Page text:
Britain should stop making excuses for education standards falling behind China’s and introduce its teaching methods here, according to Liz Truss, Coalition Education Minister.
The Education Minister visited schools in Shanghai after they were singled out as the most successful in the world by the influential Organisation for Economic Cooperation and Development (OECD). Its students came first in reading, maths and science tests, while the UK trailed in 26th place, the Telegraph reports.
Speaking during her visit, Miss Truss said that Chinese teachers are “more effective” than their British counterparts and that excuses shouldn’t be made for falling behind Shanghai’s performance. She claimed that schools in Britain are stagnating and wants the ‘Shanghai method’ introduced to improve pupil performance. “What we see is very effective teaching methodology going on and that is what we are interested in learning about while we are over here, because it seems that the Shanghai teaching methodology uses resources much more effectively and also focuses on the core arithmetic that children need to have from an early age,” she said.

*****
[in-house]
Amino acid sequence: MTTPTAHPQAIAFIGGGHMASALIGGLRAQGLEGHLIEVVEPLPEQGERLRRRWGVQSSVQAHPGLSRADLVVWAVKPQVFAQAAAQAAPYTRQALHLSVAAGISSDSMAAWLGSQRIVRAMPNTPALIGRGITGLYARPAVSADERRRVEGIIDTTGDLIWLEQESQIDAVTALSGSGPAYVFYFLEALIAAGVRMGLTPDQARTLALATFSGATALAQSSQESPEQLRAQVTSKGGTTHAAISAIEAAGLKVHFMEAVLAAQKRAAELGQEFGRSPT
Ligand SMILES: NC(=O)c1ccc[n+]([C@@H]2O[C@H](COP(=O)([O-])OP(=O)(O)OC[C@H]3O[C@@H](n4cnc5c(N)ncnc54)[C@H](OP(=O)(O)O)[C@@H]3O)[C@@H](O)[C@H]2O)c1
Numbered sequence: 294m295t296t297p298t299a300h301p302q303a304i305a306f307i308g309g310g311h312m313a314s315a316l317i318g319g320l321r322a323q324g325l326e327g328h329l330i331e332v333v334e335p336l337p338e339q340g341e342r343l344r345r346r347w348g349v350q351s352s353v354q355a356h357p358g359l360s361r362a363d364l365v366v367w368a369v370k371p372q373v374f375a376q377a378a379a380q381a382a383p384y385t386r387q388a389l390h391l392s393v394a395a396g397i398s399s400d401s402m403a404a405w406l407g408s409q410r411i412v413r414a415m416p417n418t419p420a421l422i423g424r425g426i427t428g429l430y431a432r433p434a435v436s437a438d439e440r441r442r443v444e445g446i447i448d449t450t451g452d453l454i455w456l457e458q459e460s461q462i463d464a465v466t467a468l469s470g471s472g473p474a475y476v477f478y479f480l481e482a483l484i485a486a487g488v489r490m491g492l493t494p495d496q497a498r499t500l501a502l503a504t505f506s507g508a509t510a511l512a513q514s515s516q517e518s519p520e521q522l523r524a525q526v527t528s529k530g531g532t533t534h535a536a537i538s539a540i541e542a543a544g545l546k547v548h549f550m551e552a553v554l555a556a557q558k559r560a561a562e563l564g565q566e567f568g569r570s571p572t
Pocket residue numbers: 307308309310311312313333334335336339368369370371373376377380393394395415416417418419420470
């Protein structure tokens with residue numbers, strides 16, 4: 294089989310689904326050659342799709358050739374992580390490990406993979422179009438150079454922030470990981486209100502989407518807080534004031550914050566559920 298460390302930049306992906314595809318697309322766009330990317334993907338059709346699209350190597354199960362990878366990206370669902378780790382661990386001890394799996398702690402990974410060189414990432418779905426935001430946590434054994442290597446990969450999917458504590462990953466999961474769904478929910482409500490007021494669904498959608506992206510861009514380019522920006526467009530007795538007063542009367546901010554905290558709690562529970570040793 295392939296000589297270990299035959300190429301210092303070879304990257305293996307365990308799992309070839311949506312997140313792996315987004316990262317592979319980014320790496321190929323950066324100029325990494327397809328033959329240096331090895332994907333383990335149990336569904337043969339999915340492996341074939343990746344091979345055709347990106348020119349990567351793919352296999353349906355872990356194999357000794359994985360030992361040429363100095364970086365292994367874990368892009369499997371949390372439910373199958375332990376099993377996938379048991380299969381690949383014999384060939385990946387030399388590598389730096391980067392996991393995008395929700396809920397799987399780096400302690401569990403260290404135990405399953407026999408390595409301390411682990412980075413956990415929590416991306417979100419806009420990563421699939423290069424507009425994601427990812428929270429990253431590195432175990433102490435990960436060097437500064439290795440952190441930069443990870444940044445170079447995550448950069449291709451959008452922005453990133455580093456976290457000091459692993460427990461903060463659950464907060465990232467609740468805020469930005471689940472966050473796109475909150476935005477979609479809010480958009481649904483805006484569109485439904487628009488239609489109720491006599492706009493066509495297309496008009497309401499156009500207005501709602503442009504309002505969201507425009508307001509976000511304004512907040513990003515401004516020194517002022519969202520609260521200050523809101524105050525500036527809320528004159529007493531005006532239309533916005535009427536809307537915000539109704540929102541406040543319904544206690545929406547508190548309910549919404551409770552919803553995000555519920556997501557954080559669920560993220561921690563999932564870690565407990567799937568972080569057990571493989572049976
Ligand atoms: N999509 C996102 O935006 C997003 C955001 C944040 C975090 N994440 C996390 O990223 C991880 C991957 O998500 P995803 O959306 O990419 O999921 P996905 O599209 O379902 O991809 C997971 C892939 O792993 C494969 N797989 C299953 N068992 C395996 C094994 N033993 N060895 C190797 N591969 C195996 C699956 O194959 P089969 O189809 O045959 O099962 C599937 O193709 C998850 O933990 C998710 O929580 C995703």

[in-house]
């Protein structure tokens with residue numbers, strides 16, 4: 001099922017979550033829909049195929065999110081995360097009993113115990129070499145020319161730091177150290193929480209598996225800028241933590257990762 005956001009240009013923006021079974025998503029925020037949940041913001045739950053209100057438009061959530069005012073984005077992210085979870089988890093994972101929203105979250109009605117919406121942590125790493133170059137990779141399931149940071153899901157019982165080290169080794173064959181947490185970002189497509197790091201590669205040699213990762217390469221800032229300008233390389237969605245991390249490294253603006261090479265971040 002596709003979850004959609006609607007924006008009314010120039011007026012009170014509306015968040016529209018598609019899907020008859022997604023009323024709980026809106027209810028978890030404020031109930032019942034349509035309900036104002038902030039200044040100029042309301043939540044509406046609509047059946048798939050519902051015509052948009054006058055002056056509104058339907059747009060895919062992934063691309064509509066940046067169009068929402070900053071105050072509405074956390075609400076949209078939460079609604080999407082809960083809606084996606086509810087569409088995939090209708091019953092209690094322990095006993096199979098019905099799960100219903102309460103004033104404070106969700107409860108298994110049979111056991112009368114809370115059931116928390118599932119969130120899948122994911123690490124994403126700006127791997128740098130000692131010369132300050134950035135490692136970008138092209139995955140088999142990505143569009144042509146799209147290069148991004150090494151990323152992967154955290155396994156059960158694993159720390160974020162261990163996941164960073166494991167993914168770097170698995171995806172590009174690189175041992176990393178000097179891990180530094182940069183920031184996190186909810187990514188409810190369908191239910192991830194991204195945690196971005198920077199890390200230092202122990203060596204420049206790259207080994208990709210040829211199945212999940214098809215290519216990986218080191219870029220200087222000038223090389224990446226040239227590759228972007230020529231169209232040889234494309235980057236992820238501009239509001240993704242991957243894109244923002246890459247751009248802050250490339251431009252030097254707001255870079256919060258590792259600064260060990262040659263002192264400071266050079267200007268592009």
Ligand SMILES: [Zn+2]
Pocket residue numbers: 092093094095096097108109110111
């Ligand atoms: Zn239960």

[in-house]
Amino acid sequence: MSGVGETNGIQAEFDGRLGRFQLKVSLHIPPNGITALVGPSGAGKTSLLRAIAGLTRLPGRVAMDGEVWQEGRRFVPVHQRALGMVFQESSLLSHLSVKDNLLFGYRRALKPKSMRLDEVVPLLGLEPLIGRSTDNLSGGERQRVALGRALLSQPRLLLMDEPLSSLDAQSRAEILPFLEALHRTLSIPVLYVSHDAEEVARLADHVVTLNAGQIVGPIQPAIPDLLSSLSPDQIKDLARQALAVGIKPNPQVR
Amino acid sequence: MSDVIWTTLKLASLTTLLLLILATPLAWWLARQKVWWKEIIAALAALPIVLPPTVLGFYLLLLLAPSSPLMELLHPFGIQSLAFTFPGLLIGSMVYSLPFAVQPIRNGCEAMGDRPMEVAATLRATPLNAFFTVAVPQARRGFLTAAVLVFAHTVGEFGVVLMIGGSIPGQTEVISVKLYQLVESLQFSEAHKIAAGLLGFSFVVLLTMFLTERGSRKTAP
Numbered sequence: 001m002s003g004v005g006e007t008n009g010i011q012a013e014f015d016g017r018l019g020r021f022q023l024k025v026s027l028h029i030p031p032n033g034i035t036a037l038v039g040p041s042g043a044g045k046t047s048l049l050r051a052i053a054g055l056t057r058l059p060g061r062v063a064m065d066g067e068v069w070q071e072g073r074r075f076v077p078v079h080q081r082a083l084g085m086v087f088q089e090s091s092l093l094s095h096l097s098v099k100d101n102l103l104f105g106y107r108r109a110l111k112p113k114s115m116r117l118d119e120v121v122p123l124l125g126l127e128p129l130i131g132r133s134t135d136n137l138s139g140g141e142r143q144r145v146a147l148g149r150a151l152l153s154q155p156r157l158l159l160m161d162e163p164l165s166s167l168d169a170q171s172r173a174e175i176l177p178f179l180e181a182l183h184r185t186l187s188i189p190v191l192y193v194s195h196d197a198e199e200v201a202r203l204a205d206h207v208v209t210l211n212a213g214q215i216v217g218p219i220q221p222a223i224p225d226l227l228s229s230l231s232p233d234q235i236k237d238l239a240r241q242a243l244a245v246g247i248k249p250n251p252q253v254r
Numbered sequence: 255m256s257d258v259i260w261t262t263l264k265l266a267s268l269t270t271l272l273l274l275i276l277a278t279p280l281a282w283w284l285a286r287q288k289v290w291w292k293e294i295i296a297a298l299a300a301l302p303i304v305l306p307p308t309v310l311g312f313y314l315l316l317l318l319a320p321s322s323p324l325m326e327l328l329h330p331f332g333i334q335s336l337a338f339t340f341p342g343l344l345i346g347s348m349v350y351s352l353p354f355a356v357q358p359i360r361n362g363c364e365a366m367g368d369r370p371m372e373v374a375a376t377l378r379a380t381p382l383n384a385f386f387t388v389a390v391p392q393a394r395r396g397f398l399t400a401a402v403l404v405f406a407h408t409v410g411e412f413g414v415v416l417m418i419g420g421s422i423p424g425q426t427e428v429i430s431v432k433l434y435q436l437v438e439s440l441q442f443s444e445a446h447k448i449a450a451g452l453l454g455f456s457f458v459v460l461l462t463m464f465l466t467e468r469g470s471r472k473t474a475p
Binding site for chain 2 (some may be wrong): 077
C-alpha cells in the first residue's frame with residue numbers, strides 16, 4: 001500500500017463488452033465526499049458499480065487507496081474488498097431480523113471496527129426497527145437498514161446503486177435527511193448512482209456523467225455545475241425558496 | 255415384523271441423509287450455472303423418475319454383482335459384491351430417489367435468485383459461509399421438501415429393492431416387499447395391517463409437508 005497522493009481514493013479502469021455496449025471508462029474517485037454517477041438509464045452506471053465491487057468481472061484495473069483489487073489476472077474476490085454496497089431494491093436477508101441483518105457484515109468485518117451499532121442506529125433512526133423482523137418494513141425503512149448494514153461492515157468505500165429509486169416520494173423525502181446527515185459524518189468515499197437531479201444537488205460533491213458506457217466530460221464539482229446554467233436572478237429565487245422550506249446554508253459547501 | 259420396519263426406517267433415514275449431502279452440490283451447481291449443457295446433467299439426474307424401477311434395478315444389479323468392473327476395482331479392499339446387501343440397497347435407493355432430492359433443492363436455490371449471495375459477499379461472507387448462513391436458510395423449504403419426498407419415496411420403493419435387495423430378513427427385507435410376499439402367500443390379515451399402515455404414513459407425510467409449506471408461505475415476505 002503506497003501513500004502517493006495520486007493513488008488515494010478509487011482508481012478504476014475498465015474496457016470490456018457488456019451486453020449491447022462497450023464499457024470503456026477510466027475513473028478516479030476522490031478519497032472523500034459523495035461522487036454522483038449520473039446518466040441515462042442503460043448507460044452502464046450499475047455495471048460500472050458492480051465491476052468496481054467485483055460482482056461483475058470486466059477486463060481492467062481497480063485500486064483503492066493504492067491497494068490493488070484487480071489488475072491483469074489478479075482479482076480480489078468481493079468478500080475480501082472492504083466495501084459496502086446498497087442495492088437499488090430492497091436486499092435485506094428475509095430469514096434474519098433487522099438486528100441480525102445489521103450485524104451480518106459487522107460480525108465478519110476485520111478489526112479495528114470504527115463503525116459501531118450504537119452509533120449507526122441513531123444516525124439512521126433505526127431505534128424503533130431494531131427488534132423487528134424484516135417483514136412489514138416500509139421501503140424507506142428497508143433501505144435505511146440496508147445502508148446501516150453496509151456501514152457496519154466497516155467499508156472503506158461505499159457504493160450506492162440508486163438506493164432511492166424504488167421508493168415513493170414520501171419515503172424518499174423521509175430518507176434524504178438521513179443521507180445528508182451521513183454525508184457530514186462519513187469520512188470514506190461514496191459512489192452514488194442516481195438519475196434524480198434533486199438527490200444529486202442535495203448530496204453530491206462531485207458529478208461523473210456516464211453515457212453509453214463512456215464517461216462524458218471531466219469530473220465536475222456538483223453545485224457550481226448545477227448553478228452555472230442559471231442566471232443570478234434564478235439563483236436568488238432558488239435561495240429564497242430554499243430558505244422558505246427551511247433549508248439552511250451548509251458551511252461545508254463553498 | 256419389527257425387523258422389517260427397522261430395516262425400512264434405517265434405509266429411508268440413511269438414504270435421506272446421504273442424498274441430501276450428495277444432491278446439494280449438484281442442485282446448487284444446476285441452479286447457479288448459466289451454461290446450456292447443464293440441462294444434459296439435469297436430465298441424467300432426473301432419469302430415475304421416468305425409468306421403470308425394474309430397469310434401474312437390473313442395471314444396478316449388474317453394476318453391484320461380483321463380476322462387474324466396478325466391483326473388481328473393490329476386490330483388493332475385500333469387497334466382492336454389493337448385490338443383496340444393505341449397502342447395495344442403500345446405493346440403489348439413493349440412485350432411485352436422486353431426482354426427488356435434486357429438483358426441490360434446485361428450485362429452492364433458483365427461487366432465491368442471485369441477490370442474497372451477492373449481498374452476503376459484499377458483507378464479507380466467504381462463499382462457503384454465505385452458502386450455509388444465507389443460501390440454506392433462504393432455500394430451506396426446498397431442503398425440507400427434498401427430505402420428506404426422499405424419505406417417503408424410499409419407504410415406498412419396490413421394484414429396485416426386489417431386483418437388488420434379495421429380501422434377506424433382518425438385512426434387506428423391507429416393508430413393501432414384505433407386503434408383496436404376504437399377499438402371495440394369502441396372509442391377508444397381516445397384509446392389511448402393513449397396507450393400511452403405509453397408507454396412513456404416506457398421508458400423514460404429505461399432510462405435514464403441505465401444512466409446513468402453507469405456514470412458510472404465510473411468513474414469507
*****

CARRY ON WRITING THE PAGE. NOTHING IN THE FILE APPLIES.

Harvard University has questioned the OECD’s results, claiming that they are skewed because children of migrants in Shanghai have to attend schools in their home provinces. However, Miss Truss warned against accepting this as an explanation for China’s performance: “We shouldn’t kid ourselves that there is somehow an explanation for that very high performance that isn’t about what’s going on in those schools – because I have seen it for myself, I have seen the very high quality teaching that is taking place.”
The Education Minister wants teachers to follow the example of their German and Polish peers who have incorporated methods from schools in the East into their lessons; fifty UK maths teachers have already been to Shanghai to study teaching methods there and have seen standards improve in their own classrooms as a result.
What do you think of Liz Truss’s comments? Could UK schools learn from Shanghai or are its results skewed, as Harvard University suggests?